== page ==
The end of the century-old company Kodak is near. The company is about to start a public auction to sell its extensive patent portfolio, one of the last assets that remain after filing for bankruptcy in January this year. The decline of this company has come to the point that and just rely on their survival beyond the sale. The money received by these patents would be used to pay creditors with whom the company has.
Kodak has more than 110 years of history and is one of the most traditional companies in the field of photography. Despite the great success it achieved over many decades, the advent of digital cameras meant the beginning of the decline of this great company (even though the first digital camera that was released was Kodak).
After many years making a loss, the U.S. company decided to enter into receivership earlier this year. One of the first measures taken was to stop developing digital cameras to focus on the most profitable company, such as your network of kiosk printing.
However, out of this situation seems to limit the sale of its extensive patent portfolio. Kodak has about 1,100 patents, which the company valued at more than 2,000 million euros. This would allow the company to have sufficient liquidity to pay the salaries of its employees and deal with debts that counts, but would also weaken their competitiveness on the market until a critical point. Probably, the company has no choice but to end up disappearing or find a buyer who wants to be with the company.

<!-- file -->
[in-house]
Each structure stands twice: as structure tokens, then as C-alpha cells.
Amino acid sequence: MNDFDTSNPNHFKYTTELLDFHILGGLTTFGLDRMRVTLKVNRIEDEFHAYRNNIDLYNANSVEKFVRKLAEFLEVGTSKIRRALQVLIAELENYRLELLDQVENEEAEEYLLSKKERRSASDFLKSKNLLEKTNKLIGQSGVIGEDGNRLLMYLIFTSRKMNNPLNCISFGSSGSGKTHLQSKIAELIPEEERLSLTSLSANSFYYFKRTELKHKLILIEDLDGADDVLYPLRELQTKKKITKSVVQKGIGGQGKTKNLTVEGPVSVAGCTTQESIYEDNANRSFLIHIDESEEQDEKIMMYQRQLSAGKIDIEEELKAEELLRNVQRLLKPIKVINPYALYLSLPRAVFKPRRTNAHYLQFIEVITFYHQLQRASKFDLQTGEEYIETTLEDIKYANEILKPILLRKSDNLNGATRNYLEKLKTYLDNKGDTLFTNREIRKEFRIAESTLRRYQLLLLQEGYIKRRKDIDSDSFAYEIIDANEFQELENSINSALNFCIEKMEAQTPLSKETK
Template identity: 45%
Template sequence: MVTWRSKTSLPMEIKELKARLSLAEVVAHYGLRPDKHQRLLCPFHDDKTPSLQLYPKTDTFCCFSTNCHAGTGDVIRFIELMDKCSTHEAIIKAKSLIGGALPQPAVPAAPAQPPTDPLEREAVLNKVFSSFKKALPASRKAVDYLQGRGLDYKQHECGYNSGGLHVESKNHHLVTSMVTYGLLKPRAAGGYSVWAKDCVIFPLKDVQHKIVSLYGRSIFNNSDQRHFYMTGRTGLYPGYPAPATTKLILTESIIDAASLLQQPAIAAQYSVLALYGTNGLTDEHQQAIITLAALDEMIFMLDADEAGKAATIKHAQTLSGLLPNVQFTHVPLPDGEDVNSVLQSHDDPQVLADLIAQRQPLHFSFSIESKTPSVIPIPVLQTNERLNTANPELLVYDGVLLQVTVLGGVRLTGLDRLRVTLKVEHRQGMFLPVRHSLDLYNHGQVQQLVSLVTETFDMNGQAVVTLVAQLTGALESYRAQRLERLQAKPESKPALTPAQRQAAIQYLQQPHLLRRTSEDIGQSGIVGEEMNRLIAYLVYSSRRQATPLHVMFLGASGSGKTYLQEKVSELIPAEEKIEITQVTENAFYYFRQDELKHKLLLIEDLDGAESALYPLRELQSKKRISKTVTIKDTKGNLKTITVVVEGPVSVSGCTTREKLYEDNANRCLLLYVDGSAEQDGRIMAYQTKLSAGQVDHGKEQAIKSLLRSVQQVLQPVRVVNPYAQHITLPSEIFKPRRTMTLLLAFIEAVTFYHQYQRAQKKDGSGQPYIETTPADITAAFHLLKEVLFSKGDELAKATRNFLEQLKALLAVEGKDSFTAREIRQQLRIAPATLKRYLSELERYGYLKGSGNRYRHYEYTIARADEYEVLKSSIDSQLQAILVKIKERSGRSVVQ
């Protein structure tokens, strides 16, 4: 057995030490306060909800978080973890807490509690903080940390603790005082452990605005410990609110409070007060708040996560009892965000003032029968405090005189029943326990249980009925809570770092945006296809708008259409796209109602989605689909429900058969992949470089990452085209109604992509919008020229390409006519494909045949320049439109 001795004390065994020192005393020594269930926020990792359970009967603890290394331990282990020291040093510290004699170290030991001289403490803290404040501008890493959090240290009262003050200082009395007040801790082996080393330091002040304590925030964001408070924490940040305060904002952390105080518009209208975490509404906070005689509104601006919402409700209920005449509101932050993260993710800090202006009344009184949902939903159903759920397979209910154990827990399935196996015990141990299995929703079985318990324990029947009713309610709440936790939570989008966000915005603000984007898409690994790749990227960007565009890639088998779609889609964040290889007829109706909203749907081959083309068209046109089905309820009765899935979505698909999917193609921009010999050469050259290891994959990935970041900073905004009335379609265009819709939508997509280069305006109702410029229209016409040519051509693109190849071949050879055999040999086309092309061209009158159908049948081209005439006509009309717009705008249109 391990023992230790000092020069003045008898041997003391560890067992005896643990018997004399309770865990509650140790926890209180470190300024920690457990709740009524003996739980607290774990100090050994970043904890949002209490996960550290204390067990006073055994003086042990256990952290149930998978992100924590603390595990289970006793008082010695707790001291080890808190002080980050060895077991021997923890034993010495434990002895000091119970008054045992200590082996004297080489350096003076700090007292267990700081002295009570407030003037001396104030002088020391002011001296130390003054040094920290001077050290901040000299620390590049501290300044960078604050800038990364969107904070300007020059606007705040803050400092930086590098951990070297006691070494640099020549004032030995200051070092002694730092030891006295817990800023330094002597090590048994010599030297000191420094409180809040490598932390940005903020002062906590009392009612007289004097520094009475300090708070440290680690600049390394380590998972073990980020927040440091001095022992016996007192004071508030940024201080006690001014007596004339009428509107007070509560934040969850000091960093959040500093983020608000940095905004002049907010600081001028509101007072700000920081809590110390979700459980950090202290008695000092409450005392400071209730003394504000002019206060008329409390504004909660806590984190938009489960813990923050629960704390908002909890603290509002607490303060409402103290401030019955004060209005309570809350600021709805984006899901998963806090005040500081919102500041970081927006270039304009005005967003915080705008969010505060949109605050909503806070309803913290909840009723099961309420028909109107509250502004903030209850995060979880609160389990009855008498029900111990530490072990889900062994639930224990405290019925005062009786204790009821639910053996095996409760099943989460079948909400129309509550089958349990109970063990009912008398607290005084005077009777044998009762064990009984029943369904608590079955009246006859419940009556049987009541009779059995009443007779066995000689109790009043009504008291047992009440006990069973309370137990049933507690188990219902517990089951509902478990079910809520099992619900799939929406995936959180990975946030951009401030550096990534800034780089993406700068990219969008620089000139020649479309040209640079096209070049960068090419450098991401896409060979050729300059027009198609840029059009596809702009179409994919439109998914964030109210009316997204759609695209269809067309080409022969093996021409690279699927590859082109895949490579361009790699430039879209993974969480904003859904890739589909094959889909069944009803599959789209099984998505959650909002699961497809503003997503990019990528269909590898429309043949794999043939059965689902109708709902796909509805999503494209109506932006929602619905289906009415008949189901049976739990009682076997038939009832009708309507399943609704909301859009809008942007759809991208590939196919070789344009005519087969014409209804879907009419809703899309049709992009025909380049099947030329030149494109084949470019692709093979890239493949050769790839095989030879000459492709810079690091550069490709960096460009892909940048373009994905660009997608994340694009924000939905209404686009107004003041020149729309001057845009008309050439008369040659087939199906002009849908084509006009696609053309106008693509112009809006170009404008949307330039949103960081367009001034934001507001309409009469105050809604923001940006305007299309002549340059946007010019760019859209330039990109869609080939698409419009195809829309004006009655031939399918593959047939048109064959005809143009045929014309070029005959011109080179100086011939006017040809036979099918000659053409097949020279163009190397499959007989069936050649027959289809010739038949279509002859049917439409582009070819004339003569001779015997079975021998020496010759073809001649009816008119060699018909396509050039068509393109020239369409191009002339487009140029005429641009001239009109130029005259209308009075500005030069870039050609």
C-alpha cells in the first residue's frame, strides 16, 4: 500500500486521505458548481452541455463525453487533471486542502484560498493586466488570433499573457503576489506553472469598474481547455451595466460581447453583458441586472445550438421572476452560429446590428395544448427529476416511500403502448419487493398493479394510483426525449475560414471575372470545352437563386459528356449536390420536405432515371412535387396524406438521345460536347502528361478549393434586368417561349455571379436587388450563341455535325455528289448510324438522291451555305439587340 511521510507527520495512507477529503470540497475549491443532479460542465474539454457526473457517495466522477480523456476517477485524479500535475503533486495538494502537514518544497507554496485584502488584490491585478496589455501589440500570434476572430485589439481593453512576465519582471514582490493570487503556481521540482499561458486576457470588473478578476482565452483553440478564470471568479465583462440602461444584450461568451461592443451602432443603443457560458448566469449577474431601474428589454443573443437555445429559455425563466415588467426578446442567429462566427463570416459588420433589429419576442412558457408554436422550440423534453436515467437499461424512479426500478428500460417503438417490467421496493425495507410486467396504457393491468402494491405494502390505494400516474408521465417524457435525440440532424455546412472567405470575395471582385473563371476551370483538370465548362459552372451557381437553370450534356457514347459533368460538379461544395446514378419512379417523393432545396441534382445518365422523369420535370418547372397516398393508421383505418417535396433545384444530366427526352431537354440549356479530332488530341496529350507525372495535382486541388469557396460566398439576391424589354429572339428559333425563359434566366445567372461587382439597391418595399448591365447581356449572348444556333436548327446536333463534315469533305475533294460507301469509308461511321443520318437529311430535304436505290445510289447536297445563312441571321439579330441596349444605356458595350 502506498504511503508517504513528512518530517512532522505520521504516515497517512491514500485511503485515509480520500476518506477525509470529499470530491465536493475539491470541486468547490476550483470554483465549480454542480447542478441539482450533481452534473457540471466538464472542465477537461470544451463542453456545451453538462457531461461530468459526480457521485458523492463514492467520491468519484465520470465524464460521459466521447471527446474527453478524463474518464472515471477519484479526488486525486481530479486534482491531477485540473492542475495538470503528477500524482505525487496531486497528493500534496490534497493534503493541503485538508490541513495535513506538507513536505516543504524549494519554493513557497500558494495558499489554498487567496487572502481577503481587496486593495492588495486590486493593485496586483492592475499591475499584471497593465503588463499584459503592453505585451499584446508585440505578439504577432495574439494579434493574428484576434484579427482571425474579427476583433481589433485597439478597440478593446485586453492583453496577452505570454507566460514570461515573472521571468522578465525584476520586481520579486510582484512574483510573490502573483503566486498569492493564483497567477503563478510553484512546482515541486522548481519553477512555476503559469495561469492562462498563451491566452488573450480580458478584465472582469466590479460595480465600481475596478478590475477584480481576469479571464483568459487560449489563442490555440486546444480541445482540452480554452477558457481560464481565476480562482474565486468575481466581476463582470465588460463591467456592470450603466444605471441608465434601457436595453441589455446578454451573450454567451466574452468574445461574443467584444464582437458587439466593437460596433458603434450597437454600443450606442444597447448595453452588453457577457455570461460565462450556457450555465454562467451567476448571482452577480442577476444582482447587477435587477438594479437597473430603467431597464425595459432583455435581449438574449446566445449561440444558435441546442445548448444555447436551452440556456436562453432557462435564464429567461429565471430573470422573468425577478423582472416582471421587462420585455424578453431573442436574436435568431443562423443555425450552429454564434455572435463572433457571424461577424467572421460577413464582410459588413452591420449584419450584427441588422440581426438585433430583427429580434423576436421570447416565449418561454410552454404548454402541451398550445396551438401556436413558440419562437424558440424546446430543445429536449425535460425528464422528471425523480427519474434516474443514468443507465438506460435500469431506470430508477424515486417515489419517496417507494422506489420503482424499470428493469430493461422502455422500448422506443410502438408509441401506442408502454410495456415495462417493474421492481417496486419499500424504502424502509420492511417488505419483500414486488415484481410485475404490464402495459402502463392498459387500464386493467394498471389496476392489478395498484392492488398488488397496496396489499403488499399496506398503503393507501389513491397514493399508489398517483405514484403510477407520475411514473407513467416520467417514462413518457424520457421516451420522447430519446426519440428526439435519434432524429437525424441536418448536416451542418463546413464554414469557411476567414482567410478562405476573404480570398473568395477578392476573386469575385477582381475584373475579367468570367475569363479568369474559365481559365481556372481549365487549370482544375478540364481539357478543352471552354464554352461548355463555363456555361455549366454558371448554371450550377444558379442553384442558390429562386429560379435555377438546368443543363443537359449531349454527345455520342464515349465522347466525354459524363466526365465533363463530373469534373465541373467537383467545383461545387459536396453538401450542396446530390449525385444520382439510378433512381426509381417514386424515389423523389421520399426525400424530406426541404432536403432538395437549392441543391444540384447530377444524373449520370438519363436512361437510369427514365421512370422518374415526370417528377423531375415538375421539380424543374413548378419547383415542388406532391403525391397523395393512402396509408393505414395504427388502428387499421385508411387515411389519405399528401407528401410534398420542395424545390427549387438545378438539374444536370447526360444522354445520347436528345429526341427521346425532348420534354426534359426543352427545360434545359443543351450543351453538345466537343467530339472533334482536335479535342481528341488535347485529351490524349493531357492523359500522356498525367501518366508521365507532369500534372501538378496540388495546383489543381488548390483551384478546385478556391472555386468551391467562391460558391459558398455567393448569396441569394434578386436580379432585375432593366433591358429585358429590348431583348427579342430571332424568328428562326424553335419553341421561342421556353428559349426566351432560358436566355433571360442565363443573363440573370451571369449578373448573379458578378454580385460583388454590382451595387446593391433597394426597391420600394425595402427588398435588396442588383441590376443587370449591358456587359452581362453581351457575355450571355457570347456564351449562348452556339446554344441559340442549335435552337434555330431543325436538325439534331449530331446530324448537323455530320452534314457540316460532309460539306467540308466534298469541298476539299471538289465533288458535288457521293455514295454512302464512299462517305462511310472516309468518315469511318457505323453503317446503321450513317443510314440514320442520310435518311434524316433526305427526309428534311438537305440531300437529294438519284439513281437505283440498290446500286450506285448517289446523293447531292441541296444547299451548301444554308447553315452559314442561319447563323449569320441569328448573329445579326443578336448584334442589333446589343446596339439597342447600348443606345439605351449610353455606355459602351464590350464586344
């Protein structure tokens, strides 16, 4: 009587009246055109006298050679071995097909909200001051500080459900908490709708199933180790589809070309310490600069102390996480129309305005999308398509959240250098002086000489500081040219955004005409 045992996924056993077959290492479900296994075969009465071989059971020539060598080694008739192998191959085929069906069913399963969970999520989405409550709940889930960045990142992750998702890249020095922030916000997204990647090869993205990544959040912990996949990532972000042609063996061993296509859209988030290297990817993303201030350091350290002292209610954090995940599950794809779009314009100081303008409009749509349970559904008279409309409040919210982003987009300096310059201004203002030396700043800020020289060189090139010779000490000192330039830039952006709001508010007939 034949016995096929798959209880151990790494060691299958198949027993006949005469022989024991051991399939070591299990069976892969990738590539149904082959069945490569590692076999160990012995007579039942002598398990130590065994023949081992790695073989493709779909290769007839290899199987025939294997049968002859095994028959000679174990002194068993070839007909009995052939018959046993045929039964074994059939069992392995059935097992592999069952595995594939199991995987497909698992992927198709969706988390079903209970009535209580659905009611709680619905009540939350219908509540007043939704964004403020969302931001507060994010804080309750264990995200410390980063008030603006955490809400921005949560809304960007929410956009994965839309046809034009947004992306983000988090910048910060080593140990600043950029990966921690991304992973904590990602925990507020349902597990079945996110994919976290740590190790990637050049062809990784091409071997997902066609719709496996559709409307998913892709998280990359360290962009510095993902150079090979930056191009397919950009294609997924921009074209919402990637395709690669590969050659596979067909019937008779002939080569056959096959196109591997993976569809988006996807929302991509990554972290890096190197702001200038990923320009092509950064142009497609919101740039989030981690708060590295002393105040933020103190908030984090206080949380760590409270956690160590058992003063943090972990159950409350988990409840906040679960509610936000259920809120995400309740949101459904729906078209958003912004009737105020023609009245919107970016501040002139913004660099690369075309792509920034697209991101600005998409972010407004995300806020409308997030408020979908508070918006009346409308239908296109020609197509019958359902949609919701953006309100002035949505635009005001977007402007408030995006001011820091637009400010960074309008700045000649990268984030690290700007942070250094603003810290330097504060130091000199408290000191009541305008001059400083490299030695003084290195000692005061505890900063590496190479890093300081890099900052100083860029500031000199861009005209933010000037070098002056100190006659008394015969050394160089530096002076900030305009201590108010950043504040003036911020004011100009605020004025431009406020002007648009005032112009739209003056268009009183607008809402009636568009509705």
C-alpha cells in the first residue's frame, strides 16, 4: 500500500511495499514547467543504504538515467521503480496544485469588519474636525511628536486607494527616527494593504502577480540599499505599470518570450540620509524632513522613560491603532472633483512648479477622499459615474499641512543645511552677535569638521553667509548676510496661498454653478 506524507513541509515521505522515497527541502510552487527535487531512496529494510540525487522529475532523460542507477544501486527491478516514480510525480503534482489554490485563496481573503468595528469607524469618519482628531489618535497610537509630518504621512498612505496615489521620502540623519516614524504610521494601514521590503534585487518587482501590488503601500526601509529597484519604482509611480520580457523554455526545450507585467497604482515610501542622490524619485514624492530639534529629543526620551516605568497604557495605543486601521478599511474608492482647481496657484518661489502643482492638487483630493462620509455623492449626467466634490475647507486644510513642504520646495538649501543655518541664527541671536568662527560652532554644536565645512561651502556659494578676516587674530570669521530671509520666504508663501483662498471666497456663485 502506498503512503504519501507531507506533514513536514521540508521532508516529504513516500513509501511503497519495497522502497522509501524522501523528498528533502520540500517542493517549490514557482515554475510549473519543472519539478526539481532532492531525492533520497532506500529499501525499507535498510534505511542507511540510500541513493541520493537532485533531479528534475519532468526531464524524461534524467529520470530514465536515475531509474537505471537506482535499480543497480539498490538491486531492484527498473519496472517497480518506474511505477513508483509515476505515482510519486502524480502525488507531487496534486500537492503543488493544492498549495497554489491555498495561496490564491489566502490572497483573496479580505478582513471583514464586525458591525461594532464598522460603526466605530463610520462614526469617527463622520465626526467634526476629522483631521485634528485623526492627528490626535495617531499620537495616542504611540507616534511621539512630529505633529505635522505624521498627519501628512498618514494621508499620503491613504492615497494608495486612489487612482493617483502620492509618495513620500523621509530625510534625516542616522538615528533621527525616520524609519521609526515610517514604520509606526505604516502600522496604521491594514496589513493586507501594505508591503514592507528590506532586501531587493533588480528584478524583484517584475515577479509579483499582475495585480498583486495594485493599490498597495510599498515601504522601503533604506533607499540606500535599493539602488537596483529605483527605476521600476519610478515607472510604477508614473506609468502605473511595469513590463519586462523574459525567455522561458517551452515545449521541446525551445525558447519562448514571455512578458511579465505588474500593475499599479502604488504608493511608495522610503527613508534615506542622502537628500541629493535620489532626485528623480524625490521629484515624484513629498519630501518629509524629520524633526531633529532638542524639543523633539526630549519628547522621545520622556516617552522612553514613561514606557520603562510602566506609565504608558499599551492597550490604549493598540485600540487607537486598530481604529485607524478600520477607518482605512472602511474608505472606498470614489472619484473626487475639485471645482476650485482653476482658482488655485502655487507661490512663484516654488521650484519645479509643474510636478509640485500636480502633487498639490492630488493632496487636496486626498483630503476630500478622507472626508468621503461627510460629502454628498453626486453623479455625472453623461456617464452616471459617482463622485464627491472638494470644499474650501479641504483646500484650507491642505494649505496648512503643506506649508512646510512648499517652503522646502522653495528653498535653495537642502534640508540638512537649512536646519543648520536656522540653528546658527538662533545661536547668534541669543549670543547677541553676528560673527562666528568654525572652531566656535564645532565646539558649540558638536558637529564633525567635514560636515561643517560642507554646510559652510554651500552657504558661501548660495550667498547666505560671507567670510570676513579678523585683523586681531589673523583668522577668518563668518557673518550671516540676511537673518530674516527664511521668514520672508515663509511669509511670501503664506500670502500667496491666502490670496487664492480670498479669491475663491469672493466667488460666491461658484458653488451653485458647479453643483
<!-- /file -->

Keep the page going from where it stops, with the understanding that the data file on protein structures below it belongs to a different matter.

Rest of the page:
The first sale deals that have come to the company are well below the price you want to achieve Kodak for their patents. Some of the investment groups that have sent initial bids are behind companies of the weight of Google and Apple, who are very interested in having the patents of the firm of photographic equipment.
Some of these patents are closely related to the technologies used in the chambers of smartphones, which could become a competitive advantage to be taken into account (which explains the interest that Apple and Google in them, given their weight in this market with the system Android and the system IOS).
The figures are shuffled when moving between $ 150 million and $ 250 million (115 million euros and 190 million), an amount far from the more than 2000 million Kodak wants but it could rise dramatically in the coming days by the struggle between these two companies. Anyway, the future of the U.S. photographic equipment company seems doomed, although the intention of the company is back to get liquidity to stay alive.